What’s been bad for Apple has been good for iFixit. So I’m not surprised they’ve taken Rahm Emanuel’s advice not to let a crisis got to waste and are proselytizing on behalf of a right to repair:

This incident underscores the importance of maintenance and repair of electronics. Unfortunately, Apple has been leading the fight against Right to Repair legislation. That legislation would, not coincidentally, require Apple sell batteries directly to consumers and third party repair shops.

This public outcry, and the hard work of journalists around the world, has caused Apple to blink. That’s great, but their proposed fix is only temporary. Battery prices are going back up in a year, and Apple still won’t sell OEM batteries to independent shops. That needs to change.

It’s important to note that while Apple is improving their battery replacement program, every single Android phone manufacturer also refuses to sell consumers integrated batteries or other internal repair parts.

Twelve states are considering Right to Repair legislation. Manufacturers are not acting in the public’s best interest, and it’s time for that to change.

I’ve written about this issue before in Waste Not, Want Not: Right to Repair Laws on Agenda in Some States. I’m not very optimistic about the short-term prospects for these initiatives. But Apple’s battery screw-up will no doubt prod further pressure for change, particularly if significant bottlenecks develop in its battery replacement program.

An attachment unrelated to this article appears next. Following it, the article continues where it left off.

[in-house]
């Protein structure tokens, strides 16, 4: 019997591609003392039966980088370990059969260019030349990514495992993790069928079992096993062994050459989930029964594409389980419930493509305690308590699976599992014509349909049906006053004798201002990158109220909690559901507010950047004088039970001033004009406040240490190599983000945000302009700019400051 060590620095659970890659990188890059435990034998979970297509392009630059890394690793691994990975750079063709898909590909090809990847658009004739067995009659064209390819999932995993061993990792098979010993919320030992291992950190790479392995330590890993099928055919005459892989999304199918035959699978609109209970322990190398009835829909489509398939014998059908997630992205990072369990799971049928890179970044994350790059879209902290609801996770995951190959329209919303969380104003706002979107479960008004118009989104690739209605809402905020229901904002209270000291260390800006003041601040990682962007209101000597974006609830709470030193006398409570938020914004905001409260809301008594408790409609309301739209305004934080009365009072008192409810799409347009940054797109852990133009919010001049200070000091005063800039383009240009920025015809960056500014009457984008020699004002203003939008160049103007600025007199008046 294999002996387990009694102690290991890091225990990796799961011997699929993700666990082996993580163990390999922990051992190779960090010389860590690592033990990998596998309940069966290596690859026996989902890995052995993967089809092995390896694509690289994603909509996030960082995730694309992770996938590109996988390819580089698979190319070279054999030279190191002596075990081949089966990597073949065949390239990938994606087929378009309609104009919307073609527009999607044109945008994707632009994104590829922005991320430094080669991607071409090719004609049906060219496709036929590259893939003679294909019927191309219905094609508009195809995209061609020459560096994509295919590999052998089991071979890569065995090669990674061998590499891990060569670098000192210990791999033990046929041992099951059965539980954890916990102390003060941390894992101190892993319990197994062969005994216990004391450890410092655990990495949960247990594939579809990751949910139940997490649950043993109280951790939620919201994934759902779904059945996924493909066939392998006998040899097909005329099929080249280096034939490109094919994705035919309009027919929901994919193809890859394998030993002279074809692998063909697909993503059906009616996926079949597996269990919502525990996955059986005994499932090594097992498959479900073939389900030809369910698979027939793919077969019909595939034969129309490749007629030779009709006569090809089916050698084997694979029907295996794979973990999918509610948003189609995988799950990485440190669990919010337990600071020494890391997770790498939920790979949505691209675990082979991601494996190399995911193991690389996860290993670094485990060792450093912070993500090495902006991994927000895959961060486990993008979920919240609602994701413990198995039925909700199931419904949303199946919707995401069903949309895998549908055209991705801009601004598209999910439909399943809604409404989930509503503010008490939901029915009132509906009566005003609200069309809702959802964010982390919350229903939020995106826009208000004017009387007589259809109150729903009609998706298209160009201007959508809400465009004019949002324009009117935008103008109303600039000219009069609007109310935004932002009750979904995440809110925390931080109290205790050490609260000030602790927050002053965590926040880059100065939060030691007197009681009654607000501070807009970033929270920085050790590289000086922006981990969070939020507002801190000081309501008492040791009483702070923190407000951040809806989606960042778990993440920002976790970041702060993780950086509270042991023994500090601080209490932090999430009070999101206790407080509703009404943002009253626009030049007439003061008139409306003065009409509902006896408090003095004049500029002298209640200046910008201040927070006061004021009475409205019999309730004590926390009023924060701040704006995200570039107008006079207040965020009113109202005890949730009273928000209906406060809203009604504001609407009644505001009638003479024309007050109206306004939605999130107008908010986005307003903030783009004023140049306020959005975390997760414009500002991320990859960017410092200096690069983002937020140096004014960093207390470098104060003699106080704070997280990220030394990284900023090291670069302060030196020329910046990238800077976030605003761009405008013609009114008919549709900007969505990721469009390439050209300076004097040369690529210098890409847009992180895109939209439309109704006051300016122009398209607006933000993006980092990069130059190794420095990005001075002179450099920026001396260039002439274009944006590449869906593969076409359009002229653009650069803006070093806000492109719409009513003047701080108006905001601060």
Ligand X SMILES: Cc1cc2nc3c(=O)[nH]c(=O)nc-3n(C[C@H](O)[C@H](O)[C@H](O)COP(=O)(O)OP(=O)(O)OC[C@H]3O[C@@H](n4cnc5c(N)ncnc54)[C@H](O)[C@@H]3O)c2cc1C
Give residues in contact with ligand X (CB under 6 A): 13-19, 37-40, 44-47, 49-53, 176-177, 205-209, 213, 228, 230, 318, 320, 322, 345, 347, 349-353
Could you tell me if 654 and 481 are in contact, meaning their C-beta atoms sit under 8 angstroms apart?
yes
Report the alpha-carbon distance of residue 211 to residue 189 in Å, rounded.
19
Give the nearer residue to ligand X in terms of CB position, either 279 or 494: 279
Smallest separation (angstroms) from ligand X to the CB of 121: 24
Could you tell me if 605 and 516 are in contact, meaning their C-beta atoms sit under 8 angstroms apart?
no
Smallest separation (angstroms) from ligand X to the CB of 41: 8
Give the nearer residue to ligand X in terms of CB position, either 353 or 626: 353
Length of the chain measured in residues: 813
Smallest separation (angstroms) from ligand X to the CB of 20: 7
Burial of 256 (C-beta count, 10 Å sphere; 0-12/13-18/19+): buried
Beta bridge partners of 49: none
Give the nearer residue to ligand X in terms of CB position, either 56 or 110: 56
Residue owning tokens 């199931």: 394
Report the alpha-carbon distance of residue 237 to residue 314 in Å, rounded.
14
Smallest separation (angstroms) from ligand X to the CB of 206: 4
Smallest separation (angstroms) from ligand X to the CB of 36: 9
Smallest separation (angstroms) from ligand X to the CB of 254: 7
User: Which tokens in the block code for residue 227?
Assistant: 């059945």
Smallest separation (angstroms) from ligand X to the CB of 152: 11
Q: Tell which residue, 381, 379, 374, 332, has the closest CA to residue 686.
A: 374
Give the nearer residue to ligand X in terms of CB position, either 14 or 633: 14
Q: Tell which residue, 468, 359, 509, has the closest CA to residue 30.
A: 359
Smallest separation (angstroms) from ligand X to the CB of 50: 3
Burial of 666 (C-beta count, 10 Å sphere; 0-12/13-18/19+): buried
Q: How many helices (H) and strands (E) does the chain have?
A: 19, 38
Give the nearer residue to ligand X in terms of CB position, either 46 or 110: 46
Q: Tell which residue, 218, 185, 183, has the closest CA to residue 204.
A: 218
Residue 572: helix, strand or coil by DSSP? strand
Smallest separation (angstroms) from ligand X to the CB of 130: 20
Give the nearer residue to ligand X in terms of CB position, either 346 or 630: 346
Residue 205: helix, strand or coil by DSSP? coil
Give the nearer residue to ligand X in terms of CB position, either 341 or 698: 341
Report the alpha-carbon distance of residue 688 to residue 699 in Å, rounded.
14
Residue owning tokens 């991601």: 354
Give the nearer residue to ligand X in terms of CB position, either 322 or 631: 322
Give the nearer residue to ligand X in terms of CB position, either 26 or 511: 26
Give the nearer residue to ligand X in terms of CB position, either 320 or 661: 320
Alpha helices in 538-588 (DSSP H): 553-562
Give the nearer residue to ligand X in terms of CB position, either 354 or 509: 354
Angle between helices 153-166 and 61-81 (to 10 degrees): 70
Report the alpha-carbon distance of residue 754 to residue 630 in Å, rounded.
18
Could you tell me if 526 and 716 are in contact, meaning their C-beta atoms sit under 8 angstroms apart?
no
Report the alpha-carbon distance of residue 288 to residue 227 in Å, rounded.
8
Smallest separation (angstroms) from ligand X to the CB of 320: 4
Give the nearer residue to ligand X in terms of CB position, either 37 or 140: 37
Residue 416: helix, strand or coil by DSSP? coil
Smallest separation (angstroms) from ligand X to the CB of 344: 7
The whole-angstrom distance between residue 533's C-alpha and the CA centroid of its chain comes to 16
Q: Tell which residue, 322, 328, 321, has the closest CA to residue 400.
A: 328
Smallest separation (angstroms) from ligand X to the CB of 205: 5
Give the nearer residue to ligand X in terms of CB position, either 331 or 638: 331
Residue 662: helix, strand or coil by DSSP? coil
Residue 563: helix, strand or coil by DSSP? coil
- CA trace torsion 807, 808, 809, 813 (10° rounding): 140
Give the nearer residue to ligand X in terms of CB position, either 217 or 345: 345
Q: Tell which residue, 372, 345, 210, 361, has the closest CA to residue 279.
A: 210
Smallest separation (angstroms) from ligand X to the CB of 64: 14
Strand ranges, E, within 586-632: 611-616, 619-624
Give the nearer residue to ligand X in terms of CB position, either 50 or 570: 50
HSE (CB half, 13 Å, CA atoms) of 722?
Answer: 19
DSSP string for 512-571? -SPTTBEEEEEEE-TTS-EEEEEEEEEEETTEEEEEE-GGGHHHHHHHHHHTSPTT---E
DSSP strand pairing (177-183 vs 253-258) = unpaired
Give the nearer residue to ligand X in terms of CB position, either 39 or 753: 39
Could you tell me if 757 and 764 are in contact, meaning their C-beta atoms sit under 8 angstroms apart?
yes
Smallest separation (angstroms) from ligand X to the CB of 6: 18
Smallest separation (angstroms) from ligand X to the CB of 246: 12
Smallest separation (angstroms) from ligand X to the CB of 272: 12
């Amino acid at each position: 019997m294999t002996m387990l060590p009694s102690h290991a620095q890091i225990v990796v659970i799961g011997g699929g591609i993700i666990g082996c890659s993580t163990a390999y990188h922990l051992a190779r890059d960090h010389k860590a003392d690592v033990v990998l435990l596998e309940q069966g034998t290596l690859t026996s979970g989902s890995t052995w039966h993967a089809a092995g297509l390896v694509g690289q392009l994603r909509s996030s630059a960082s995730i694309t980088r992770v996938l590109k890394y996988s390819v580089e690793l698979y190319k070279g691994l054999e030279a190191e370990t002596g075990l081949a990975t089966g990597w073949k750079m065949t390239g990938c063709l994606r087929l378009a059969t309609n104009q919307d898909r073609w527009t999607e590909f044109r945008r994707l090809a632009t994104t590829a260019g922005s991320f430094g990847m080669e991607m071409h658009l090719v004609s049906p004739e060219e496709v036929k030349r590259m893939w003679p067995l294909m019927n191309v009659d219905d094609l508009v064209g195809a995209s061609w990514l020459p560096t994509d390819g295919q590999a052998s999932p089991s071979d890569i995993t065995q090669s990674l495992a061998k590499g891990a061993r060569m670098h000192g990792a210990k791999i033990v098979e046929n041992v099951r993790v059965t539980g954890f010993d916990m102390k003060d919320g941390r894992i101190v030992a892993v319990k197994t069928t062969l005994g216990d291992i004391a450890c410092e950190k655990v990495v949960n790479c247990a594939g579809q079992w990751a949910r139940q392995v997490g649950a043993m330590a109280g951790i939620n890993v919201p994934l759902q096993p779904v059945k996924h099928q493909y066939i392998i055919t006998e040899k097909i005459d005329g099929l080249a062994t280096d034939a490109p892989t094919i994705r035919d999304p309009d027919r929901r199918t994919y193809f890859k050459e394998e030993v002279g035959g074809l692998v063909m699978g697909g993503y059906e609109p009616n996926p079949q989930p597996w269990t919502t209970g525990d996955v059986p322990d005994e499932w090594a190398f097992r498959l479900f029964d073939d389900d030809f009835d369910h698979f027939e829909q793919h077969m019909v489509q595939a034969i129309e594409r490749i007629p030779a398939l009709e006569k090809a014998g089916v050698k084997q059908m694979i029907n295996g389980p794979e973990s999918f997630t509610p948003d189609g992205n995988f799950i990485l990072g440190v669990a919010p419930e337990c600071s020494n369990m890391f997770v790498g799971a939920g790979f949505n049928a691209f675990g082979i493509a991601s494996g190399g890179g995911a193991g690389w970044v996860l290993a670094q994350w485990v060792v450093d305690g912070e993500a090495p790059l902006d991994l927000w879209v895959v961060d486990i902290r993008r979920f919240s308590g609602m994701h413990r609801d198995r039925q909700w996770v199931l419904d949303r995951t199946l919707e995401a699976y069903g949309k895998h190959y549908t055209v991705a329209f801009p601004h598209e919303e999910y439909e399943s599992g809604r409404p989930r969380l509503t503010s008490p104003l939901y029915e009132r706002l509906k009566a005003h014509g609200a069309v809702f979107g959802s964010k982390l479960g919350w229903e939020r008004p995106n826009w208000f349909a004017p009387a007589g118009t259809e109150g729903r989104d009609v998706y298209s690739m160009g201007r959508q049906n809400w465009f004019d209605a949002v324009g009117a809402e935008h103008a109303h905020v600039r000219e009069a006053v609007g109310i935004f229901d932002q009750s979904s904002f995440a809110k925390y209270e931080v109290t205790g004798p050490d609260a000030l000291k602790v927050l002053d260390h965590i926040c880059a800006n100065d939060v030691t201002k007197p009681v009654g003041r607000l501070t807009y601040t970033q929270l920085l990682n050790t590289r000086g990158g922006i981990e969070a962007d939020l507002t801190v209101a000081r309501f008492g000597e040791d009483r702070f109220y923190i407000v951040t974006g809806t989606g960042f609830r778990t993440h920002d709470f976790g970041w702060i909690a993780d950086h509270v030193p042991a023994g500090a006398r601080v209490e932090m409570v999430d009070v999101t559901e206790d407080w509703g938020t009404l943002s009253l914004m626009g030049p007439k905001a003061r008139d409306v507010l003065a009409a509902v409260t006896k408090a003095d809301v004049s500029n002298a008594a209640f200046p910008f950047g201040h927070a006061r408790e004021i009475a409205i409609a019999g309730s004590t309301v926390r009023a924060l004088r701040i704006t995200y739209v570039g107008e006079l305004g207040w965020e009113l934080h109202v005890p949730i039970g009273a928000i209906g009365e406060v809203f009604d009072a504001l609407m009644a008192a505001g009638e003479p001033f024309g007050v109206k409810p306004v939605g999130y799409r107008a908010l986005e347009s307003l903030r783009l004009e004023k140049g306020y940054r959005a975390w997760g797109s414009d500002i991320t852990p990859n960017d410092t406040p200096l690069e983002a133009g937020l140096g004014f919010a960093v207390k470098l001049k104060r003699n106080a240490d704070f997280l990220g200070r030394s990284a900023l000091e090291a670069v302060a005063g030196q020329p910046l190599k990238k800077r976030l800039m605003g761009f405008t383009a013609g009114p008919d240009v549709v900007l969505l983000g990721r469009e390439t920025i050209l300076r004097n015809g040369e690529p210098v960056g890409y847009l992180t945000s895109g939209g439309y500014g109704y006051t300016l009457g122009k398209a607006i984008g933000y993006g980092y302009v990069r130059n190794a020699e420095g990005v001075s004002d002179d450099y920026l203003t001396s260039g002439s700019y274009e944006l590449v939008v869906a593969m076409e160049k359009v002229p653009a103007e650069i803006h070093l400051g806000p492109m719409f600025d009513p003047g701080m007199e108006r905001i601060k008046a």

One small positive development:  Apple has announced an upcoming software change that will allow a consumer to monitor the health of an iPhone battery:

Early in 2018, we will issue an iOS software update with new features that give users more visibility into the health of their iPhone’s battery, so they can see for themselves if its condition is affecting performance.

If Apple follows through on its pledge, it should reduce unnecessary smartphone purchases– and in a tiny way, reduce waste. And that would be something to celebrate.